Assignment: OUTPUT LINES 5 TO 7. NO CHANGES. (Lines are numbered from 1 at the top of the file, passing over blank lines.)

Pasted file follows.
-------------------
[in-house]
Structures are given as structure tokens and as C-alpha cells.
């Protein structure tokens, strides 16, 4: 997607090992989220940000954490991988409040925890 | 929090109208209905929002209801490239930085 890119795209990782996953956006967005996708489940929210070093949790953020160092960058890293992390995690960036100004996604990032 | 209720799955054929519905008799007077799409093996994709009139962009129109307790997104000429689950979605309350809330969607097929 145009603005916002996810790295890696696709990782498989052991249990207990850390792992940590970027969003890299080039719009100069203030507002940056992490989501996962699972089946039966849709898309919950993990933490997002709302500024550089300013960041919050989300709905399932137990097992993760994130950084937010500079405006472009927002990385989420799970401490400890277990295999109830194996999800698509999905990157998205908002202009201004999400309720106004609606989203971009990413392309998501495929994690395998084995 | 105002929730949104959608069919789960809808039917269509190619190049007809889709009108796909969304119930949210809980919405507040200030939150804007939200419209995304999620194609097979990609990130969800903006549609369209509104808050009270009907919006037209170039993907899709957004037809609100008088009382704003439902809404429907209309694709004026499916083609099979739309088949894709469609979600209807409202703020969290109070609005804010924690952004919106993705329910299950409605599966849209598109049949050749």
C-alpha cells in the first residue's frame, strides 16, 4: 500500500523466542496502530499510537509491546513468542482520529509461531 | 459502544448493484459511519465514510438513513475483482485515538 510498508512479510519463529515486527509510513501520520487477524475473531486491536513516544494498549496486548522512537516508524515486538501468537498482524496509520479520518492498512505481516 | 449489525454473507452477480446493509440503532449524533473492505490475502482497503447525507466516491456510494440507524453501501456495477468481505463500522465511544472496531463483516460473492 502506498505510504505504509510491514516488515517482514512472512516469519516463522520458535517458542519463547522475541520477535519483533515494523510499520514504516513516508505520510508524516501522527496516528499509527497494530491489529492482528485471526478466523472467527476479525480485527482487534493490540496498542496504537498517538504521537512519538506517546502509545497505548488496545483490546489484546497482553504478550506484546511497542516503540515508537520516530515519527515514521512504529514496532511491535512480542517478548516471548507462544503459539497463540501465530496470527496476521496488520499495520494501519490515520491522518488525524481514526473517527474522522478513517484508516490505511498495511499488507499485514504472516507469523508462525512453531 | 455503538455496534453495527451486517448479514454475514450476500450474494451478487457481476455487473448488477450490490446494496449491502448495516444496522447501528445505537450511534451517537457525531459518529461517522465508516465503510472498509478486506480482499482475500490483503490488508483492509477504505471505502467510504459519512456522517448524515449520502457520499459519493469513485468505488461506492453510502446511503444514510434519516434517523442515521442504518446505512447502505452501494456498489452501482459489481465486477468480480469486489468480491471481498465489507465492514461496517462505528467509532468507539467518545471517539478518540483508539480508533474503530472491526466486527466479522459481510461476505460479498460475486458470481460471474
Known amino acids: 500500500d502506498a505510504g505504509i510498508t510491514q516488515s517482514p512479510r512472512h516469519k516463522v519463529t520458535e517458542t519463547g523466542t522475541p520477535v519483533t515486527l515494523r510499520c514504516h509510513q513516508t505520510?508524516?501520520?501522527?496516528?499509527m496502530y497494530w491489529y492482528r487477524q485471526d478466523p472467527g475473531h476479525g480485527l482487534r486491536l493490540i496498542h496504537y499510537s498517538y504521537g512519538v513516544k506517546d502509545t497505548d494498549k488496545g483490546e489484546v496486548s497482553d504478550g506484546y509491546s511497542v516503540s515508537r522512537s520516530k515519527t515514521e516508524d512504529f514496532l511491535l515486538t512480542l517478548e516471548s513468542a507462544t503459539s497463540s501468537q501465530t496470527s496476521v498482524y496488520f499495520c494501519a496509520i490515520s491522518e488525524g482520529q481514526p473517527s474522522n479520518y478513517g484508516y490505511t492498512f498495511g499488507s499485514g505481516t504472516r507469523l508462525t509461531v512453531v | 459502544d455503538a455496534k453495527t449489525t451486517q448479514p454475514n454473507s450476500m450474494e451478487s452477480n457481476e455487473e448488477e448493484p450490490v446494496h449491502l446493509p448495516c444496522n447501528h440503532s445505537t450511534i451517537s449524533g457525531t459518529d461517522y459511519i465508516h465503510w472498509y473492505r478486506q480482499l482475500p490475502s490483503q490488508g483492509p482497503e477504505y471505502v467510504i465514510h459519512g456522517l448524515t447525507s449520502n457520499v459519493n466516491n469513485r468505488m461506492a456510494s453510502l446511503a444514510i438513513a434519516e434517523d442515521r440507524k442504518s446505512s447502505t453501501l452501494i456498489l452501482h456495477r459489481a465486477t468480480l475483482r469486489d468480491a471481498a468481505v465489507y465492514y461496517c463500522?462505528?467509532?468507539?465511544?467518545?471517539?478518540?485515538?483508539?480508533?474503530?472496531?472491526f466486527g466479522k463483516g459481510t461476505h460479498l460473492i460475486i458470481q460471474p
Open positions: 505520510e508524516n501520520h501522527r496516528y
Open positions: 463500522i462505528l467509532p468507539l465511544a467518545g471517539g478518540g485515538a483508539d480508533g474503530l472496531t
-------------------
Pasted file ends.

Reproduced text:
Known amino acids: 500500500d502506498a505510504g505504509i510498508t510491514q516488515s517482514p512479510r512472512h516469519k516463522v519463529t520458535e517458542t519463547g523466542t522475541p520477535v519483533t515486527l515494523r510499520c514504516h509510513q513516508t505520510?508524516?501520520?501522527?496516528?499509527m496502530y497494530w491489529y492482528r487477524q485471526d478466523p472467527g475473531h476479525g480485527l482487534r486491536l493490540i496498542h496504537y499510537s498517538y504521537g512519538v513516544k506517546d502509545t497505548d494498549k488496545g483490546e489484546v496486548s497482553d504478550g506484546y509491546s511497542v516503540s515508537r522512537s520516530k515519527t515514521e516508524d512504529f514496532l511491535l515486538t512480542l517478548e516471548s513468542a507462544t503459539s497463540s501468537q501465530t496470527s496476521v498482524y496488520f499495520c494501519a496509520i490515520s491522518e488525524g482520529q481514526p473517527s474522522n479520518y478513517g484508516y490505511t492498512f498495511g499488507s499485514g505481516t504472516r507469523l508462525t509461531v512453531v | 459502544d455503538a455496534k453495527t449489525t451486517q448479514p454475514n454473507s450476500m450474494e451478487s452477480n457481476e455487473e448488477e448493484p450490490v446494496h449491502l446493509p448495516c444496522n447501528h440503532s445505537t450511534i451517537s449524533g457525531t459518529d461517522y459511519i465508516h465503510w472498509y473492505r478486506q480482499l482475500p490475502s490483503q490488508g483492509p482497503e477504505y471505502v467510504i465514510h459519512g456522517l448524515t447525507s449520502n457520499v459519493n466516491n469513485r468505488m461506492a456510494s453510502l446511503a444514510i438513513a434519516e434517523d442515521r440507524k442504518s446505512s447502505t453501501l452501494i456498489l452501482h456495477r459489481a465486477t468480480l475483482r469486489d468480491a471481498a468481505v465489507y465492514y461496517c463500522?462505528?467509532?468507539?465511544?467518545?471517539?478518540?485515538?483508539?480508533?474503530?472496531?472491526f466486527g466479522k463483516g459481510t461476505h460479498l460473492i460475486i458470481q460471474p
Open positions: 505520510e508524516n501520520h501522527r496516528y
Open positions: 463500522i462505528l467509532p468507539l465511544a467518545g471517539g478518540g485515538a483508539d480508533g474503530l472496531t